Spitzenkandidat

Spitzenkandidaten in 2019 (don’t worry if you don’t know all of them: it means you are normal)

Spitzenkandidat (German for lead candidate) is a word in the ancient language of Mordor that indicates a person chosen by a certain political group of the European Parliament for the post of President of the European Commission.

By extension, the plural of the word (spitzenkandidaten) indicates a forgotten system with which the European Parliament tried to limit the powers of the greedy member states. Jean-Claude Juncker, first in the name, was the only President chosen with such method.

The European Council, in fact, never liked the Spitzenkandidaten method, because, according to the Treaties, nominating the Commission’s President is one of its powers. In this way member states have a say on who detains the executive power of the European Union.

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The European Council would have nominated anybody else but the Spitzenkandidaten

The spitzenkandidaten idea was simple (so to say): the Political groups of the European Parliament would each nominate a candidate before the European elections. The candidate of the winning group, or the candidate supported by a majority of groups, would then become the President of the European Commission.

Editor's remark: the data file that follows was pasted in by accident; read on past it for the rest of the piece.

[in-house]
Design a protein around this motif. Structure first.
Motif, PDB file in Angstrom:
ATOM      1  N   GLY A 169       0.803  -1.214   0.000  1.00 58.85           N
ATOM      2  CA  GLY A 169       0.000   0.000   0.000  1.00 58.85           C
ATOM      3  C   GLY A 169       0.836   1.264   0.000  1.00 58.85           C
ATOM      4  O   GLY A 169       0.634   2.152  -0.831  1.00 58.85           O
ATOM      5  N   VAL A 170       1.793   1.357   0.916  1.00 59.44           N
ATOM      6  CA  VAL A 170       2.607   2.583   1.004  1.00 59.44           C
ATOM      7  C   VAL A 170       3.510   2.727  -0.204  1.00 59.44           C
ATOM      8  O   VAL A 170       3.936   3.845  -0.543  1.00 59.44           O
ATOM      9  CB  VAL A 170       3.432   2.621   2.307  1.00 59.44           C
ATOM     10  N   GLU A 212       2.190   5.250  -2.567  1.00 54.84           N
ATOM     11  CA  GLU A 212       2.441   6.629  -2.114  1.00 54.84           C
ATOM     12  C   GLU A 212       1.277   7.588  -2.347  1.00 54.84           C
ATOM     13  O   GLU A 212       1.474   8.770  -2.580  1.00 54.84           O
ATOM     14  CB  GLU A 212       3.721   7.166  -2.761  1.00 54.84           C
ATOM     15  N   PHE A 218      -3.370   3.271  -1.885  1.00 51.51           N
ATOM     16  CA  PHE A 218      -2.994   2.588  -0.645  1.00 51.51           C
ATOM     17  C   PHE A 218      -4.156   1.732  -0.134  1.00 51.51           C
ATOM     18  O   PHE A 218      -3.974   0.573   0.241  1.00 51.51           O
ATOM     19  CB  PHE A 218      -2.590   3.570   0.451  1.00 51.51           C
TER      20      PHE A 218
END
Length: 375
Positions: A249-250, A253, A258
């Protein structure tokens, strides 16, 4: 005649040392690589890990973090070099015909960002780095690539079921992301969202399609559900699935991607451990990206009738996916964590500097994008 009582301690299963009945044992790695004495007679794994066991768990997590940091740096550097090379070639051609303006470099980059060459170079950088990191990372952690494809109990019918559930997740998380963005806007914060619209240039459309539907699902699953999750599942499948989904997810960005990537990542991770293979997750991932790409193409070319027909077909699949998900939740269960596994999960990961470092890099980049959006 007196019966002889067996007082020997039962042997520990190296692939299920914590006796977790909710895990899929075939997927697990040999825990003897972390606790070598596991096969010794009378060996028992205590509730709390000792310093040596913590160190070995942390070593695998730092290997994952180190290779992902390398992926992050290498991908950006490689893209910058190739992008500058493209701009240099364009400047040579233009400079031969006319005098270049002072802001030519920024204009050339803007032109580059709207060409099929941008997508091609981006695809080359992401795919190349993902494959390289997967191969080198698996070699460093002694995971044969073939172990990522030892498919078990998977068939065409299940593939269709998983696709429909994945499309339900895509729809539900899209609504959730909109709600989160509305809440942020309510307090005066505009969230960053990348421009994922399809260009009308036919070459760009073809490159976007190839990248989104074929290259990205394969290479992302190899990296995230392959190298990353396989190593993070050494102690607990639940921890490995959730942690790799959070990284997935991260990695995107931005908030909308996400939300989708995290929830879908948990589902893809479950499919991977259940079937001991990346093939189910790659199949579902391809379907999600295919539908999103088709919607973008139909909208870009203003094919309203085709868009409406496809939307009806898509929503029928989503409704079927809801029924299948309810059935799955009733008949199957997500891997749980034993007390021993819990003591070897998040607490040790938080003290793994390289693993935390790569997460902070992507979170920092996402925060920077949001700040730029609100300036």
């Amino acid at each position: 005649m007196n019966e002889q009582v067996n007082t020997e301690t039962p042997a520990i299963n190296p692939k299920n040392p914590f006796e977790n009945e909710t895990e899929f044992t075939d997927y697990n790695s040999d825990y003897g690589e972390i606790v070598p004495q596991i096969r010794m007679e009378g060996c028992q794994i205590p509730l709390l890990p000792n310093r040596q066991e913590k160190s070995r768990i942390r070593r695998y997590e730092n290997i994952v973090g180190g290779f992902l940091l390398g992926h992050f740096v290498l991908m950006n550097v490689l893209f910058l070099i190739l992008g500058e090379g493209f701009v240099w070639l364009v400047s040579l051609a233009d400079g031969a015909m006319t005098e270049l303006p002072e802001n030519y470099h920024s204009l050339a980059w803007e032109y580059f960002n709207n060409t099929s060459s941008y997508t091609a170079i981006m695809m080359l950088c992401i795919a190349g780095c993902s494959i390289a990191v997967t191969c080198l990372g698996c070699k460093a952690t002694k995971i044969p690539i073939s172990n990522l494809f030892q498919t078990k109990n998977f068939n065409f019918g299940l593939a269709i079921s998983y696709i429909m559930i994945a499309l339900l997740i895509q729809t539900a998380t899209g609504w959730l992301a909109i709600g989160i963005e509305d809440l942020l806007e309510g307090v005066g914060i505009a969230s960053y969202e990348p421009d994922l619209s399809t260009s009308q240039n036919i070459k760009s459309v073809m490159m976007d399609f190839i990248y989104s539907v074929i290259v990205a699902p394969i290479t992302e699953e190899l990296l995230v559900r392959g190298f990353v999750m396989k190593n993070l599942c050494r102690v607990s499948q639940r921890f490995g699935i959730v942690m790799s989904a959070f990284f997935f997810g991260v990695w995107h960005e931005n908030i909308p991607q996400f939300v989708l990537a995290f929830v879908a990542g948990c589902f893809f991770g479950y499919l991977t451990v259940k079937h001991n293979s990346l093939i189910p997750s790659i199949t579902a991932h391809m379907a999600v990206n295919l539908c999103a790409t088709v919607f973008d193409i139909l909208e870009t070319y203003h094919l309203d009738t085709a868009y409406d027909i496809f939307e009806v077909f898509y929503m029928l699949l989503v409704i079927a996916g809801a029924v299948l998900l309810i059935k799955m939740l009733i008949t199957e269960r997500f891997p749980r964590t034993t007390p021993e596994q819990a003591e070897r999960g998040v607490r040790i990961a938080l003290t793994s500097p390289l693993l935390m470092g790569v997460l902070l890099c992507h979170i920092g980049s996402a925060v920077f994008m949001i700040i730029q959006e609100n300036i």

For example, in 2019 the candidate for the Socialists & Democrats was the Dutch Commissioner Frans Timmermans. If the socialists had won the majority of seats (ahahha), or if enough groups (e. g. Socialists & Democrats + Greens + Liberals) would have support him, he could have become President of the European Commission.

Eurocrats’ Things 13 is the last installment of the democratic horror series created by Memflix. Will the Parliament accept to close the passage to the Upside-Down world of Spitzenkandidaten? Will the EUCOgorgon impose its supremacy?

As everybody was expecting, though, the winning group was the European People’s Party, whose Spitzenkandidat was an unknown German MEP called Manfred Weber. Nobody, not even those who proposed him, wanted him to be President of the European Commission. This created a very fragile situation, because a coalition was ready to support Timmermans, even if his group didn’t win the elections.

The uncertainty following the elections’ results was the perfect situation to kill the Spitzenkandidaten: Macron and Orban suggested former German Defense Minister Ursula von Der Leyen, which was a good choice for Angela Merkel. Nobody knew her, but her father was a Director-General at the European Commission and she was born in Brussels: the perfect choice to show to European citizens that the EU is not run by unelected eurocrats.

The Parliament was quite annoyed by this decision, but then, with a majority of 9 votes, Ursula von der Leyen was elected President. The rest is history, as are spitzenkandidaten.